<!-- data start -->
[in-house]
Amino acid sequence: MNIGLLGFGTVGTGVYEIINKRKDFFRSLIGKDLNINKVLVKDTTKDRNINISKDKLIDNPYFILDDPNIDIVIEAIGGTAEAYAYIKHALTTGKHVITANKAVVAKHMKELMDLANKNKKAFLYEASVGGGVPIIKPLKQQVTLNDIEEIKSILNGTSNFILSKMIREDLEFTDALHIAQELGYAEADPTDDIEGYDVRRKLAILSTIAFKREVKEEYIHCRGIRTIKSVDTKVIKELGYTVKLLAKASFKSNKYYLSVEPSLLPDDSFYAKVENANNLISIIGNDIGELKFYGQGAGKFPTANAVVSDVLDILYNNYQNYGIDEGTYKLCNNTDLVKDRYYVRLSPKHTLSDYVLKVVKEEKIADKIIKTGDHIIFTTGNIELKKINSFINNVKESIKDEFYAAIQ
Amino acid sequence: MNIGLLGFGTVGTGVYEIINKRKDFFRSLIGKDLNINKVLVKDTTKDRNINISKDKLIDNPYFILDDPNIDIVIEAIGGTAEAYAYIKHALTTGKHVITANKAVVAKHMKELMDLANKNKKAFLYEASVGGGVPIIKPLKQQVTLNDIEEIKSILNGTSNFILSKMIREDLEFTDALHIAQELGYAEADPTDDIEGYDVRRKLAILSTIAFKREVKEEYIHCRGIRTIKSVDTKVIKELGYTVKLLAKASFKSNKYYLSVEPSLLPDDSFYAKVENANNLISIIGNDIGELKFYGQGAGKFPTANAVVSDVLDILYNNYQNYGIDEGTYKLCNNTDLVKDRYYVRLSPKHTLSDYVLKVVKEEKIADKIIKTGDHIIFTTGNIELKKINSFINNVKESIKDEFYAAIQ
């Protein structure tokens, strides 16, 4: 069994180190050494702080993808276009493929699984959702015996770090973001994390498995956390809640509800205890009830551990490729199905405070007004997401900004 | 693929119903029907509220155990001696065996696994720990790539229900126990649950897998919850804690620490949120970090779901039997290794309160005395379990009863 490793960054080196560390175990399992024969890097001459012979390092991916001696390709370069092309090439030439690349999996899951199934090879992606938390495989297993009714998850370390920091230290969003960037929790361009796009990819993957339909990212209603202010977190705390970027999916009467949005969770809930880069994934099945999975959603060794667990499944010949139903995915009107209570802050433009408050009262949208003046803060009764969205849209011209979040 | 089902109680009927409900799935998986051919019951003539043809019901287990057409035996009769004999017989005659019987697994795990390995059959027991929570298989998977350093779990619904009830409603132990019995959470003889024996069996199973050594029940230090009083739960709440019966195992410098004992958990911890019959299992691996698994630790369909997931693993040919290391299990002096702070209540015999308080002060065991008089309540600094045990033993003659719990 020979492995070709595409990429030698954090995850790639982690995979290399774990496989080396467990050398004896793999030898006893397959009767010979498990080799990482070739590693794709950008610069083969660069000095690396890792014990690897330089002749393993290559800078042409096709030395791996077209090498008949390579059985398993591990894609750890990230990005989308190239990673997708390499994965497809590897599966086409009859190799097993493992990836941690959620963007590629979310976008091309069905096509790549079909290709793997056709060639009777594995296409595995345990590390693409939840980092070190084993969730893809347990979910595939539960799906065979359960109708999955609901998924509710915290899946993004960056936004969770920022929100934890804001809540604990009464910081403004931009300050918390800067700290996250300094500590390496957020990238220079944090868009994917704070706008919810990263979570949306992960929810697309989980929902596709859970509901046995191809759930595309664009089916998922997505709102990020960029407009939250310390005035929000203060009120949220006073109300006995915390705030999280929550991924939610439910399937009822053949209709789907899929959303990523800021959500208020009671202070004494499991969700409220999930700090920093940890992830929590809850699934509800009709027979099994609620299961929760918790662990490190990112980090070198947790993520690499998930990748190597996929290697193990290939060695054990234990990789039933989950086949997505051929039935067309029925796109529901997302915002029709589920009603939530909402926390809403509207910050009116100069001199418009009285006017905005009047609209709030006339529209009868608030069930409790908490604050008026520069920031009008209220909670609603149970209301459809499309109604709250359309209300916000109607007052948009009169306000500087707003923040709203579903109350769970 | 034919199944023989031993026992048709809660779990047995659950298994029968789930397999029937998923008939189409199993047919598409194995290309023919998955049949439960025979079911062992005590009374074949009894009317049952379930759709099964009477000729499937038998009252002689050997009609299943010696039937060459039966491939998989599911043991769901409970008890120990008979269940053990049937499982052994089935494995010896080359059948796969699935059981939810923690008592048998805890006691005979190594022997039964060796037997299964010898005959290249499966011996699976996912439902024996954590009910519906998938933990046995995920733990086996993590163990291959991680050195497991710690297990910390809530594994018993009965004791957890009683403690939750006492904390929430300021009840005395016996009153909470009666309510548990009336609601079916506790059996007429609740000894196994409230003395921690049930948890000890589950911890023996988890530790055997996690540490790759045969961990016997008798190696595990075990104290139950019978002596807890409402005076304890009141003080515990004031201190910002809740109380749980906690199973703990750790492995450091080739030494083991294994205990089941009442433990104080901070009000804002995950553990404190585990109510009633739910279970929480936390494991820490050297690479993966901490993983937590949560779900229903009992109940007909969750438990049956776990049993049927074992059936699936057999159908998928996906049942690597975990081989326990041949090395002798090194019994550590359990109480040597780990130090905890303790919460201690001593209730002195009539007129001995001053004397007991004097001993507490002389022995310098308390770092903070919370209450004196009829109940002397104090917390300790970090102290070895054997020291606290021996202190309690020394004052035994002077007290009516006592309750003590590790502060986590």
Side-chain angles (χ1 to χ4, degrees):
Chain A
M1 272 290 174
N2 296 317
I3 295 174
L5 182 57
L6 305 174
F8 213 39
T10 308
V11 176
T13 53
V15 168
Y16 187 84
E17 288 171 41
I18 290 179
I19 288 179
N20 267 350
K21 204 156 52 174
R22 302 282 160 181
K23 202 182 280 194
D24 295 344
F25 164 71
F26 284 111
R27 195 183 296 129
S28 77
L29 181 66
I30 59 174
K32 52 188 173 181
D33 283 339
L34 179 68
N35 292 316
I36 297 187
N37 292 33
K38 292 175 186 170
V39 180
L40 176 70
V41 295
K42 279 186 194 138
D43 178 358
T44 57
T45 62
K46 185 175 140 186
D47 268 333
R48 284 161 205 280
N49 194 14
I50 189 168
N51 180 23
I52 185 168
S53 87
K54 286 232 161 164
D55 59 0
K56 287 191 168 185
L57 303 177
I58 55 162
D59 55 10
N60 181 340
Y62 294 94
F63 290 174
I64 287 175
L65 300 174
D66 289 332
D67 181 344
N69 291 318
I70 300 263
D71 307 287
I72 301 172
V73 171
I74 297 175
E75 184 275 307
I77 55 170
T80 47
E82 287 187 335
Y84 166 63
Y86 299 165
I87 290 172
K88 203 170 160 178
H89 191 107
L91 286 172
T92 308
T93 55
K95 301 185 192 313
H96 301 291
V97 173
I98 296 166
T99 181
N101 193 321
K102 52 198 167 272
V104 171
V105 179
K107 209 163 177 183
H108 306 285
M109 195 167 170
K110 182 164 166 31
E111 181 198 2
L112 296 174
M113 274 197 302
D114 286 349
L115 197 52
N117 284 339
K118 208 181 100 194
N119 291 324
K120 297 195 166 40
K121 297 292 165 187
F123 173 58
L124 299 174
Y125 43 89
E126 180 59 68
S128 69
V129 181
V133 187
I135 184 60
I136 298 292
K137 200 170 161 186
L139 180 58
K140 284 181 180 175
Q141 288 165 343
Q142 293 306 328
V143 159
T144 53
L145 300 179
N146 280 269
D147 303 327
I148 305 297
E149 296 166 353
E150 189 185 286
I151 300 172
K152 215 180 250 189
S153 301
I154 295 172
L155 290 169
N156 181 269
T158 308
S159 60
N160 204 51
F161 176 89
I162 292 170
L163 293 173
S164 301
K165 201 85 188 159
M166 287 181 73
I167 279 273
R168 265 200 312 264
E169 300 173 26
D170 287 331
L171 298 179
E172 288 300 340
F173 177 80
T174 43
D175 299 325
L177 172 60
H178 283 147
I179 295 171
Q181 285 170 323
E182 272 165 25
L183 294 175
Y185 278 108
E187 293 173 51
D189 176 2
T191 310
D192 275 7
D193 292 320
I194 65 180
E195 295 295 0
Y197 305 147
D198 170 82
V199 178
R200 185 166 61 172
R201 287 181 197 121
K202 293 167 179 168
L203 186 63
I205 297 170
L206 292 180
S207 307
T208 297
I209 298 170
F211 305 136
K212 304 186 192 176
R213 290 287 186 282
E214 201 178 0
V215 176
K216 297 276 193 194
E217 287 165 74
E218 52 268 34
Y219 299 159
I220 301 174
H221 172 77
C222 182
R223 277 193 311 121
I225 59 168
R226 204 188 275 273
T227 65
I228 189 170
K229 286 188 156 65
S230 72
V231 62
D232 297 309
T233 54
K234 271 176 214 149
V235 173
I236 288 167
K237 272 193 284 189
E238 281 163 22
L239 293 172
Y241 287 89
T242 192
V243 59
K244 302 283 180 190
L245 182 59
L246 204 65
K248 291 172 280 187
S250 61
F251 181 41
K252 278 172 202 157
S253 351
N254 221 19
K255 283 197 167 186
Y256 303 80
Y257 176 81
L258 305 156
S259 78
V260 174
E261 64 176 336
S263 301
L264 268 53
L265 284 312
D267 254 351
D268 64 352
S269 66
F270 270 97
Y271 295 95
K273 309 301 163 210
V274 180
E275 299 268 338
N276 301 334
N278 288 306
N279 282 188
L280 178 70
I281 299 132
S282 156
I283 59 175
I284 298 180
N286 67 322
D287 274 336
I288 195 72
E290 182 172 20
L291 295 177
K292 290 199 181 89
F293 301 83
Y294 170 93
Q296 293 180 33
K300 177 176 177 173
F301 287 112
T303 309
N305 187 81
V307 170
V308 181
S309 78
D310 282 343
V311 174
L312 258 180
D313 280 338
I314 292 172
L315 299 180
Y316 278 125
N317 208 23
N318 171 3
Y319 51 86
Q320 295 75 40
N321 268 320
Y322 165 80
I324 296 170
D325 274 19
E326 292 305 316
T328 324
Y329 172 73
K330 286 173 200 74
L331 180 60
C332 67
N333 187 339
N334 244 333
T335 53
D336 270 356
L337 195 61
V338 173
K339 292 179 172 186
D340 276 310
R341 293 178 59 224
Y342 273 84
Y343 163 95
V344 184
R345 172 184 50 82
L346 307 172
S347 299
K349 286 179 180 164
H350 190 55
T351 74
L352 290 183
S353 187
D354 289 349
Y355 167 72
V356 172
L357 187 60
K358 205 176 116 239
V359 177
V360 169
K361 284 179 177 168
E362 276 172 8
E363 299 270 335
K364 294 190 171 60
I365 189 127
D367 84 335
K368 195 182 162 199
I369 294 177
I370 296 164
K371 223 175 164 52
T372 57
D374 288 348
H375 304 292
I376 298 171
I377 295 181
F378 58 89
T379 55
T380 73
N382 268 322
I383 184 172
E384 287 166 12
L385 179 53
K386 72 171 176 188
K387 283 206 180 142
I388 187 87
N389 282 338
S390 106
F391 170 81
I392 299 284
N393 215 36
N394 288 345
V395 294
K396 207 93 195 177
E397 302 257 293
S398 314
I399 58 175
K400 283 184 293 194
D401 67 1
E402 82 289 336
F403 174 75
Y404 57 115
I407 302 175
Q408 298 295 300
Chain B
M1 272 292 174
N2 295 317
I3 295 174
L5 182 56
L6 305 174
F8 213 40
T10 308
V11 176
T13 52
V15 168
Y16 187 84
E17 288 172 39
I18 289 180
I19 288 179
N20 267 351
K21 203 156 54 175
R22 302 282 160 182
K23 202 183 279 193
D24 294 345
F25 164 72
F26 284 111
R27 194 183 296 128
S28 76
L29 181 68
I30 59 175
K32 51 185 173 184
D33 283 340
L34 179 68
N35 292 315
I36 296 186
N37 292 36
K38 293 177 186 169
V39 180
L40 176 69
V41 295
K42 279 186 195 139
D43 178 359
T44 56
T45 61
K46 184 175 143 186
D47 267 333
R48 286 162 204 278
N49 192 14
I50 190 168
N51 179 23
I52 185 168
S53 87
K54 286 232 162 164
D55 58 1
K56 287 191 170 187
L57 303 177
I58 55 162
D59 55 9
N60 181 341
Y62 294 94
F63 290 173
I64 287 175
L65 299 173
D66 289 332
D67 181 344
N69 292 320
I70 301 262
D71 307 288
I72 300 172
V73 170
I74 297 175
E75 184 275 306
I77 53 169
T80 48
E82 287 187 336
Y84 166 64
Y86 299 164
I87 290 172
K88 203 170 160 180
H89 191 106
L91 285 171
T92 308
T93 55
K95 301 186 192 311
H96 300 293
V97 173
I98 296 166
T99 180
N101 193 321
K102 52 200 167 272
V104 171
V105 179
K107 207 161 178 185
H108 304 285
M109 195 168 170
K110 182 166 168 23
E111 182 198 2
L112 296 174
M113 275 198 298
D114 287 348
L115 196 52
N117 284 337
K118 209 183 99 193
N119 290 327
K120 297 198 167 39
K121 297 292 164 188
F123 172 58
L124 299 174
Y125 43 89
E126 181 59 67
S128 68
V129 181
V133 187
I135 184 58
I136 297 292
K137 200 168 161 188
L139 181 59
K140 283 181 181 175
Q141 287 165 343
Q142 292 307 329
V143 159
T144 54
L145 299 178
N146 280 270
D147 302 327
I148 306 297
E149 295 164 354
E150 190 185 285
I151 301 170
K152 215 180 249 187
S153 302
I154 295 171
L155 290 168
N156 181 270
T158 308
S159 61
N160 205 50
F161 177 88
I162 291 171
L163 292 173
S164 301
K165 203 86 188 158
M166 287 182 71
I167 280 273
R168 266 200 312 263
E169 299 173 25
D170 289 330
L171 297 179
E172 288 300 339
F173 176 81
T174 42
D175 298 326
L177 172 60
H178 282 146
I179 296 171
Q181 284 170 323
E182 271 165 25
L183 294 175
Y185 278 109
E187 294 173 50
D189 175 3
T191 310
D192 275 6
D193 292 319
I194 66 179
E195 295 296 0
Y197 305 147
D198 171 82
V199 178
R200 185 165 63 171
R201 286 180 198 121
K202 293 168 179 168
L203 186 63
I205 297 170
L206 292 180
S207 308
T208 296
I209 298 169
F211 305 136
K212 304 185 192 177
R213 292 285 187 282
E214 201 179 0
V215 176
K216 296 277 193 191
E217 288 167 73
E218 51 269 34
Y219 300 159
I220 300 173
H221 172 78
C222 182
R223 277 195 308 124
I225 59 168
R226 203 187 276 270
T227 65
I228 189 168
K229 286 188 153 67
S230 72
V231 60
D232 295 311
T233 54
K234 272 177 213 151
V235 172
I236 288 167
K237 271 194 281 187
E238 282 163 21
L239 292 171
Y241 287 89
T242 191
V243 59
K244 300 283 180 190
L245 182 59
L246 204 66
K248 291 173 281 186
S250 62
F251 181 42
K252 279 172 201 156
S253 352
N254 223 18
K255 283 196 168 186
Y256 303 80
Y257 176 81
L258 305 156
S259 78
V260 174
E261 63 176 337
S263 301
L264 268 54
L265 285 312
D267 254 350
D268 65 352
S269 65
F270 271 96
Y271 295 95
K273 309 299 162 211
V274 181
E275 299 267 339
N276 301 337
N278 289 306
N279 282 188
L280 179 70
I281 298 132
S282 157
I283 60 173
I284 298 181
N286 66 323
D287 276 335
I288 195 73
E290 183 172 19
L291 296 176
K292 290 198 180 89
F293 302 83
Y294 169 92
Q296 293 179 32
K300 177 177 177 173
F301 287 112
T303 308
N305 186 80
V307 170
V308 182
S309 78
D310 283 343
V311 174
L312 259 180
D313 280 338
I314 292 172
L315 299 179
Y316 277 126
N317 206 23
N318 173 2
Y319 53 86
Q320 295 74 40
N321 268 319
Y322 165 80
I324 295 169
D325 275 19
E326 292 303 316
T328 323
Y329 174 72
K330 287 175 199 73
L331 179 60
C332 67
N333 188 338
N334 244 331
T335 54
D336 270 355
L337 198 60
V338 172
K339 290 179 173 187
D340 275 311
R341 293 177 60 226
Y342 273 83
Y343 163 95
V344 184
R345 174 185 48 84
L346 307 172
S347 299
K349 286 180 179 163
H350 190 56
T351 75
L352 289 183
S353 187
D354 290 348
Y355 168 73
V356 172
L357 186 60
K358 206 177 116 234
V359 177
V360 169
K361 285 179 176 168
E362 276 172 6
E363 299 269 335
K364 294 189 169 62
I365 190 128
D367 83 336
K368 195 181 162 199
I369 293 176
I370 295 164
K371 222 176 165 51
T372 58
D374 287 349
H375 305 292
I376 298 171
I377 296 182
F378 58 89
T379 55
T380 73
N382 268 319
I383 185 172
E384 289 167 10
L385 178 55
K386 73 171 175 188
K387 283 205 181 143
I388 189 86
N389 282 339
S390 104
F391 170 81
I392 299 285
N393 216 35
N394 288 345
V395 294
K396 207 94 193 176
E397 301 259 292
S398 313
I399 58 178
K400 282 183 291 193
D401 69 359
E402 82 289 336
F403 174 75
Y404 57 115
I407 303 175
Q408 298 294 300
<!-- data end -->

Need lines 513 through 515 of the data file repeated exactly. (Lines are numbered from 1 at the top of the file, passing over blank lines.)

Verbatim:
I194 66 179
E195 295 296 0
Y197 305 147